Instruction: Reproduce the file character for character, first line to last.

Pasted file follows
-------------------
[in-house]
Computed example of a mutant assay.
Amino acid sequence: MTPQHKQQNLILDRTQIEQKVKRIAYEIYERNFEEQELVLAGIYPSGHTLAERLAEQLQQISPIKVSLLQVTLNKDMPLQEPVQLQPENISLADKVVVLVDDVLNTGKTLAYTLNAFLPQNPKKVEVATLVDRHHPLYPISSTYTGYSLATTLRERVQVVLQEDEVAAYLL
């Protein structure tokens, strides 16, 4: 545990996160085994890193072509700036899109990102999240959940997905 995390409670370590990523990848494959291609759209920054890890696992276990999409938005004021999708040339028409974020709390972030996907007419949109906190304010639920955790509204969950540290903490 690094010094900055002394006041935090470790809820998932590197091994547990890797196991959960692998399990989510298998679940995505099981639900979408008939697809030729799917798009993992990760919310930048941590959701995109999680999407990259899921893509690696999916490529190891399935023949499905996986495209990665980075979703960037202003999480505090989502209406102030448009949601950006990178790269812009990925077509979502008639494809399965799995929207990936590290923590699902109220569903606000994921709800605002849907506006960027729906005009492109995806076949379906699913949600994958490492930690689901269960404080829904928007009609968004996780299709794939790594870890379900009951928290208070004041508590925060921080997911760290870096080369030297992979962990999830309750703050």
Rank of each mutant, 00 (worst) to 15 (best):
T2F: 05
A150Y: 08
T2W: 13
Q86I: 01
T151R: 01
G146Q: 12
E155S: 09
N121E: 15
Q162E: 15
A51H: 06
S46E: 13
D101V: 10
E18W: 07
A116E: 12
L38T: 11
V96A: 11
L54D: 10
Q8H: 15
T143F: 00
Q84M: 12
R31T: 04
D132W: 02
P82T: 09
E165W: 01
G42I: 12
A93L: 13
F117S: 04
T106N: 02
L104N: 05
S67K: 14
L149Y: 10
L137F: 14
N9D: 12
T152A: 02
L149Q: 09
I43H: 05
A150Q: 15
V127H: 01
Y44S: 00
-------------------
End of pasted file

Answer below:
[in-house]
Computed example of a mutant assay.
Amino acid sequence: MTPQHKQQNLILDRTQIEQKVKRIAYEIYERNFEEQELVLAGIYPSGHTLAERLAEQLQQISPIKVSLLQVTLNKDMPLQEPVQLQPENISLADKVVVLVDDVLNTGKTLAYTLNAFLPQNPKKVEVATLVDRHHPLYPISSTYTGYSLATTLRERVQVVLQEDEVAAYLL
């Protein structure tokens, strides 16, 4: 545990996160085994890193072509700036899109990102999240959940997905 995390409670370590990523990848494959291609759209920054890890696992276990999409938005004021999708040339028409974020709390972030996907007419949109906190304010639920955790509204969950540290903490 690094010094900055002394006041935090470790809820998932590197091994547990890797196991959960692998399990989510298998679940995505099981639900979408008939697809030729799917798009993992990760919310930048941590959701995109999680999407990259899921893509690696999916490529190891399935023949499905996986495209990665980075979703960037202003999480505090989502209406102030448009949601950006990178790269812009990925077509979502008639494809399965799995929207990936590290923590699902109220569903606000994921709800605002849907506006960027729906005009492109995806076949379906699913949600994958490492930690689901269960404080829904928007009609968004996780299709794939790594870890379900009951928290208070004041508590925060921080997911760290870096080369030297992979962990999830309750703050």
Rank of each mutant, 00 (worst) to 15 (best):
T2F: 05
A150Y: 08
T2W: 13
Q86I: 01
T151R: 01
G146Q: 12
E155S: 09
N121E: 15
Q162E: 15
A51H: 06
S46E: 13
D101V: 10
E18W: 07
A116E: 12
L38T: 11
V96A: 11
L54D: 10
Q8H: 15
T143F: 00
Q84M: 12
R31T: 04
D132W: 02
P82T: 09
E165W: 01
G42I: 12
A93L: 13
F117S: 04
T106N: 02
L104N: 05
S67K: 14
L149Y: 10
L137F: 14
N9D: 12
T152A: 02
L149Q: 09
I43H: 05
A150Q: 15
V127H: 01
Y44S: 00